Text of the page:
Flat caps, pints of bitter and roll-ups - what comes to mind? Yorkshire speakers have; ever since I can remember; been stereotyped in such a way that suggests country pubs, rolling hills and the villages of ‘God’s own country.’
Due to my proud heritage as a Yorkshireman, the county’s rich and diverse range of dialects greatly interest me. But how much truth can be taken from these stereotypical representations, and how is the mentality of the North encoded through speech?
‘Yorkshire wisdom’ is a term that continually crops up alongside the country’s perception of the Northern constituent. The idea that Yorkshire folk know best is all too common, leading to the suggestion that this wisdom is embedded in their unique phrases and idioms.
The wealth of this unique dialect is expressed predominantly through older generations, my Grandmother being a prime example of the Yorkshire wisdom. On visiting her, a whole host of rich dialect sayings are often exchanged - with most being truly fascinating. “He’ll stand ‘egg under ‘cap” is one of my personal favourites, meaning someone who is easily fooled. It almost denotes the fact that the subject in question would literally place an egg on their head if commanded to, due to their gullible nature - a wonderful idiom.
But what are the roots of these sayings? The environment of the Yorkshireman goes a long way in shaping many of the phrases that are found in the dialect. In regard to my Grandmother’s term, the idea of a ‘cap’ harks back to the traditional farmer’s flat cap. Connotations of the countryside are also drawn through ‘egg,’ bringing to mind the rural farmlands of the county. So embedded in Yorkshire terms, these environmental factors do seem to be key - another example being the humorous idiom “were you born in a field?” As well as presenting the values of common sense that are etched into the Yorkshire way of thinking, this saying holds a subtle command to close a door that is left ajar. It also sarcastically hints at the fact the recipient of the utterance isn’t aware of the practise of closing doors.
The imbedded procedure of ellipsis (omission of words) and elision (omission of syllables) is also a fascinating implication of the Yorkshire dialect, with abbreviated utterance forms being the norm in local speech patterns. A common example of this being “I’m off t’ shop,” which replaces “to the” with one sharp syllable. It simultaneously combines both of the proposed dialect features, whilst still clearly conveying the intended information through an abbreviation. Speech such as this reinforces the ‘straight to the point’ attitude of Yorkshire speakers, bred from a more laconic lexicon where by a lot of information is expressed through very few words. This taciturnity is a great skill, yet a simple feature which helps form the identity of Yorkshire speakers - allowing for easier and snappier exchanges.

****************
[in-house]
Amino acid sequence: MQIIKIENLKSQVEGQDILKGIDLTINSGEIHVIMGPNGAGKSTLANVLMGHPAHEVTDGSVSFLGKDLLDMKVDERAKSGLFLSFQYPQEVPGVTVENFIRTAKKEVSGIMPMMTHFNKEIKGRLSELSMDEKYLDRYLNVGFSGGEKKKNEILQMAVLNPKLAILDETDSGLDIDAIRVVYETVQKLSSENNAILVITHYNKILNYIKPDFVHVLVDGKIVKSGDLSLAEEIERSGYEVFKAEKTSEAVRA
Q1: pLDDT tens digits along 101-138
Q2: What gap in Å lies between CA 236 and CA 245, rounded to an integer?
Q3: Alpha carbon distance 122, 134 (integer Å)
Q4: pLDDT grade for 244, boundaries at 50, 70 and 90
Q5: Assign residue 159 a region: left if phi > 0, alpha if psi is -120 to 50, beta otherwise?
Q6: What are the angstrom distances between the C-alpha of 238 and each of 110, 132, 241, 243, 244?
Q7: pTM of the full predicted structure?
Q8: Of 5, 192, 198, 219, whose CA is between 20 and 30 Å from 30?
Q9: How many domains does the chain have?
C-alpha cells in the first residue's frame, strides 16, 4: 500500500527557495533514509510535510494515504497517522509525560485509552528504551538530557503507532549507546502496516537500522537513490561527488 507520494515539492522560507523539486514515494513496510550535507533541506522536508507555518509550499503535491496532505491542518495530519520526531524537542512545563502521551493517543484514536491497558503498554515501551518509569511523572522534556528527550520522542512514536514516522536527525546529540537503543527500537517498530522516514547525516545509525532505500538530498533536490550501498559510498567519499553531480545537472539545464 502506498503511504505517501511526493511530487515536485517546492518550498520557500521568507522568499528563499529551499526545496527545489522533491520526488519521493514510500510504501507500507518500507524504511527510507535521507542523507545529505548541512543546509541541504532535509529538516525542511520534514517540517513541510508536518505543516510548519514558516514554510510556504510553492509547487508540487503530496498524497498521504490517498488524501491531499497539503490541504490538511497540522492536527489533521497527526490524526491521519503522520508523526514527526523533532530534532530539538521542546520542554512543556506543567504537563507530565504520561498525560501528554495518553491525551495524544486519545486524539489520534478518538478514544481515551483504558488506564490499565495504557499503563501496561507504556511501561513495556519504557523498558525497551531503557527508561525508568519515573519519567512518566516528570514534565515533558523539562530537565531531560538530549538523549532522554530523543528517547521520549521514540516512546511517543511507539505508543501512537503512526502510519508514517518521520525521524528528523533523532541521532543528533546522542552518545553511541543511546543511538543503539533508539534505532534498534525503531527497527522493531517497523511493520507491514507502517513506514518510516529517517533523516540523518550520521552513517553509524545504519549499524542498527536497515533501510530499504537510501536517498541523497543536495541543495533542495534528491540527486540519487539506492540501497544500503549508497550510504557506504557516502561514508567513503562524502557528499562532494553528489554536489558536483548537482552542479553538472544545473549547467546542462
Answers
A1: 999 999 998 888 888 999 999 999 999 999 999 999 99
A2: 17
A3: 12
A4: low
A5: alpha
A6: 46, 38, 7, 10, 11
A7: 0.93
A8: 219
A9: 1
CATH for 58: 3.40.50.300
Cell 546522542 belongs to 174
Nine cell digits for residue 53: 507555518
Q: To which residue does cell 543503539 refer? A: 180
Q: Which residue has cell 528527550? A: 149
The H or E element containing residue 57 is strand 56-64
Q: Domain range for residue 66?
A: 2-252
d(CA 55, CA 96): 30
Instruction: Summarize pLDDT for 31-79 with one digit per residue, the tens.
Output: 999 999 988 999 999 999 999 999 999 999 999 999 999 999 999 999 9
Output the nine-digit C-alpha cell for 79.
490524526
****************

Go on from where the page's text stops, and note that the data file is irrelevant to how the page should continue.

The modern media also shapes the perception of Yorkshire speakers as well as being a strong factor towards echoing their mentality. Comedic performances in sketch shows which instigate humour through the dialect and its unique features, such as Harry Enfield’s character George Integrity Whitebread, light heartedly mock ‘Yorkshire-isms’ whilst reinforcing the idea that the county’s residents have an honest and seemingly unchallengeable point of view. Whitebread’s catchphrase - “I say what I like, and I like what I bloody well say” doesn’t just represent Yorkshire dialect through the informal adjective ‘bloody,’ but raises the stereotypical assumptions that the folk up North know best… or at least we think we do.
In addition, advertising also plays a large part in emphasising this mentality with the likes of the Yorkshire based broadband company - Plusnet. Slogans at the end of each advert such as “a call centre down t’ road” and “good honest broadband from Yorkshire” once again channel typical Yorkshire dialect into the language, as well as suggesting a sense of pride about being from the region.
Although a proud heritage surrounds Yorkshire and its speakers, some linguists fear that as the modern age approaches, regional dialects may become increasingly diluted through the rise of ‘Standard English’. Martyn Wakelin, author of ‘discovering English dialects’, is among the sceptics who believe that local identities revolving around speech are dying out.
Wakelin stated that regional dialect “is being eroded” and “is best preserved within rural areas, particularly among older generations.” Does this mean then that when our most aged relatives (who hold this seemingly undying wisdom) depart this life, will Yorkshire and other English dialects slowly pass out of usage? I for one hope not, because dialect determines our identity and ultimately represents who we are. Or as my Grandmother would say, “we nowt wi’ out ‘r roots.”